As with any major life change, if you have a better grasp of the financial requirements and tasks, you can be better prepared for what's ahead.
Plan things one step at a time. Ask relevant questions, such as:
Will you (or your partner) take parental leave?
Though the United States does not offer universal paid parental leave, many employers offer some kind of maternity leave, and may include some portion of it as paid time off. In fact, the Family and Medical Leave Act allows eligible employees to take up to 12 weeks of unpaid leave after the birth of a baby. Talk with your boss and your HR department to see what you can arrange. Don’t forget to explore options for paternity leave, as well. If no paternity leave is officially available, talk with your partner. You may still be able to save vacation time or other paid time off.
Will you plan on a hospital, birthing center, or professionally-assisted home birth?
Be sure to include the financial aspect in your research. Does your health insurance cover a specific method and not others? Are your doctors and other prenatal professionals covered under your insurance plan? These kinds of questions are very important. Meet with the birthing professionals or institution beforehand to clarify billing procedures and to make as many arrangements as possible before the baby gets here.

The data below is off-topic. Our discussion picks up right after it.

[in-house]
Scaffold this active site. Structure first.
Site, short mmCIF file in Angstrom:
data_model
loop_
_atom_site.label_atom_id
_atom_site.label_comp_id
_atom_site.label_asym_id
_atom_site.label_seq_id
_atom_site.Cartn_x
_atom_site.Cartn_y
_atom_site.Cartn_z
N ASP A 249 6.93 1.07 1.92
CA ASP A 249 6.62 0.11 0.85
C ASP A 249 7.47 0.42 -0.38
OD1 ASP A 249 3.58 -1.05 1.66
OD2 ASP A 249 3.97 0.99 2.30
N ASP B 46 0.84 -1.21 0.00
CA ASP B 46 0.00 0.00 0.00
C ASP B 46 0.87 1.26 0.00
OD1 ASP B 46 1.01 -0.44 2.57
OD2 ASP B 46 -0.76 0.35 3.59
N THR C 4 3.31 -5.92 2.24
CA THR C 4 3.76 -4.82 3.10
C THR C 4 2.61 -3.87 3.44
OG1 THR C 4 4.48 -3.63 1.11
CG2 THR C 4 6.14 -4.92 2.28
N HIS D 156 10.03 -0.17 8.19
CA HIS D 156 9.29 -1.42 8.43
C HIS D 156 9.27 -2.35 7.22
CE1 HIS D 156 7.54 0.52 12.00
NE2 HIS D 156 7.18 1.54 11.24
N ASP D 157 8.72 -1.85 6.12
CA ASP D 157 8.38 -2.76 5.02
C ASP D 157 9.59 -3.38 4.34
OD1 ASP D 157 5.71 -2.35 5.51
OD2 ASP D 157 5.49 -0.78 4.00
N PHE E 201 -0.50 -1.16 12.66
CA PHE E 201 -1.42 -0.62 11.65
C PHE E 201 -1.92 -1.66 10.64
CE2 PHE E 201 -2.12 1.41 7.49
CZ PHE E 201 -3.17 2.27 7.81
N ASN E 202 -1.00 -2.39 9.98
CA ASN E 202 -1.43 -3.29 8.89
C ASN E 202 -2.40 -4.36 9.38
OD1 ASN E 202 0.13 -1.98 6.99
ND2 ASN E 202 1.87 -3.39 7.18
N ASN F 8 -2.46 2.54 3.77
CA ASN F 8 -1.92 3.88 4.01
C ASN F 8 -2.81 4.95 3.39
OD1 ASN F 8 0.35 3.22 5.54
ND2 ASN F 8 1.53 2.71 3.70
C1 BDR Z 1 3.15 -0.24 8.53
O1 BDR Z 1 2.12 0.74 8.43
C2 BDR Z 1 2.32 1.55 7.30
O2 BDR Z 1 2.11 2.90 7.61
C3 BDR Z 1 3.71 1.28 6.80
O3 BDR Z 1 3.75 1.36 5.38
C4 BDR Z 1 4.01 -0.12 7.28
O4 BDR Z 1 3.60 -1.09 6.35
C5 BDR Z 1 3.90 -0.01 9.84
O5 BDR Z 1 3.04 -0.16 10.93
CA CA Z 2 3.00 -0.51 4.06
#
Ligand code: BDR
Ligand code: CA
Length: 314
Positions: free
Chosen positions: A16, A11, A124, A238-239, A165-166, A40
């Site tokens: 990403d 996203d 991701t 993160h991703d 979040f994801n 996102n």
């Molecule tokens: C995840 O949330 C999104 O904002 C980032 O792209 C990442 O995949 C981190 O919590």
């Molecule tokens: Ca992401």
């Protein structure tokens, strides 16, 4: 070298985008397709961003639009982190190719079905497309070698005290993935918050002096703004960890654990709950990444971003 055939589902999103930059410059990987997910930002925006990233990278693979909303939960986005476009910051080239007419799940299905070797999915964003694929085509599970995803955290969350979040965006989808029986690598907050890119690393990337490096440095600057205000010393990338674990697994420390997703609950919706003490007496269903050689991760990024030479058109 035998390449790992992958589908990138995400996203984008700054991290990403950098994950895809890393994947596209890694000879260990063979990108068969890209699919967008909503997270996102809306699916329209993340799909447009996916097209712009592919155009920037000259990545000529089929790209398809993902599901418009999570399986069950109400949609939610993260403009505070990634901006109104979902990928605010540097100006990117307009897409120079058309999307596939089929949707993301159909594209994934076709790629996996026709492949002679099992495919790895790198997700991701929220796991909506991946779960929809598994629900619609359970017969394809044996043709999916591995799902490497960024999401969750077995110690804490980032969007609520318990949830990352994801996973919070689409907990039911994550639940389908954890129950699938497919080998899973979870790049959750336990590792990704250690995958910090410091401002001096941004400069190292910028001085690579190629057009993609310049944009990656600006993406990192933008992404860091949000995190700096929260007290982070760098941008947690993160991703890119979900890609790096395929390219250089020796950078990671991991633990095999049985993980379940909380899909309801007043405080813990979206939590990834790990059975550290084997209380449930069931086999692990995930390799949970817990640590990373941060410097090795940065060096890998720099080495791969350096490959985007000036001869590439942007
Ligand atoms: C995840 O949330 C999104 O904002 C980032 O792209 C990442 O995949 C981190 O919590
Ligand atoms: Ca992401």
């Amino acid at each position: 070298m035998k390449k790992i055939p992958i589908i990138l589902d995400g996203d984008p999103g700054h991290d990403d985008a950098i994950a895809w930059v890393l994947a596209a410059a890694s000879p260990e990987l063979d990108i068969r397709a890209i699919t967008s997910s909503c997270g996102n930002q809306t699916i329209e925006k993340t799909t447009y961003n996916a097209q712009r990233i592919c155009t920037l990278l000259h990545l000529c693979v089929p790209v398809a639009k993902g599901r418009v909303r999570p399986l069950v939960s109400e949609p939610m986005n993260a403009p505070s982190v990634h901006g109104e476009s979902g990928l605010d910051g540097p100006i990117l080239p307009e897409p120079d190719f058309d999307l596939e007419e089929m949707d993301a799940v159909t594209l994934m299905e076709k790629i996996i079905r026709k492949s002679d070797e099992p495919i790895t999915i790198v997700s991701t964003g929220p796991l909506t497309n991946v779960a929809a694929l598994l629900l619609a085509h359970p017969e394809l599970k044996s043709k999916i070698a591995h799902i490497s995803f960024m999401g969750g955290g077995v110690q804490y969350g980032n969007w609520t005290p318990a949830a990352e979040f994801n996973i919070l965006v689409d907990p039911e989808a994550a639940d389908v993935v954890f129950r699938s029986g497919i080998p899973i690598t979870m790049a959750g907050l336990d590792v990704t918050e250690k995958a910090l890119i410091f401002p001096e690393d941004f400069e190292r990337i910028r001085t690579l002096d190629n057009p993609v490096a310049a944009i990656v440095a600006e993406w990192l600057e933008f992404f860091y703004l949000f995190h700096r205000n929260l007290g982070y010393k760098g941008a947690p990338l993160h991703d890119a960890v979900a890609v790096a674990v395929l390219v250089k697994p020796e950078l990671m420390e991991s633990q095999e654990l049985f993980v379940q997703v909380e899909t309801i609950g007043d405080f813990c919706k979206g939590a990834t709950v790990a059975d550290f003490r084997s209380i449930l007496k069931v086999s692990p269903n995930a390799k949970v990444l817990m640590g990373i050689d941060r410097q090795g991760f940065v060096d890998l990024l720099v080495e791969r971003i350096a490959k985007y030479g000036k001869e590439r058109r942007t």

Where will you get all of the supplies you'll need for your new family member?
Will you buy most things new, or can you buy second-hand or borrow? While it is very important to buy some things new for safety reasons (car seats and strollers, for example), many other expenses can be reduced through buying things secondhand—or even borrowing them! Baby clothes, toys, diaper bags, and other necessities can break the bank if you’re not careful. Take a good look at your budget and see what you can reasonably afford.
Are there existing medical or other conditions for the mother or child which will require special treatment?
While most people can’t know this answer for sure, it is something to consider. For example, if you plan to adopt a child with special care requirements, or if the mother has special medical circumstances, take a look at those extra costs and budget them in as best you can.
The answers to these questions can inform you as you create a new budget. Take a look at your current expenses to see where you need to make adjustments. (Don’t have a current budget? Click here for budgeting resources!) You'll probably end up needing more than you expect for your new bundle of joy, particularly if this is your first child. Being generous with your budget now and planning around these new expenses in advance can make the transition easier when the baby arrives.
If possible, start setting aside the amount you plan to spend on your child each month in a separate account. If one partner plans to stay at home after the baby is born, ease your way into living on one income and set the rest aside in the baby account, too. This way, you can make the financial shift before your child arrives, AND you have some extra money put away for unexpected (or expected) expenses. If things are too tight, talk with your partner and decide where you can adjust your new budget.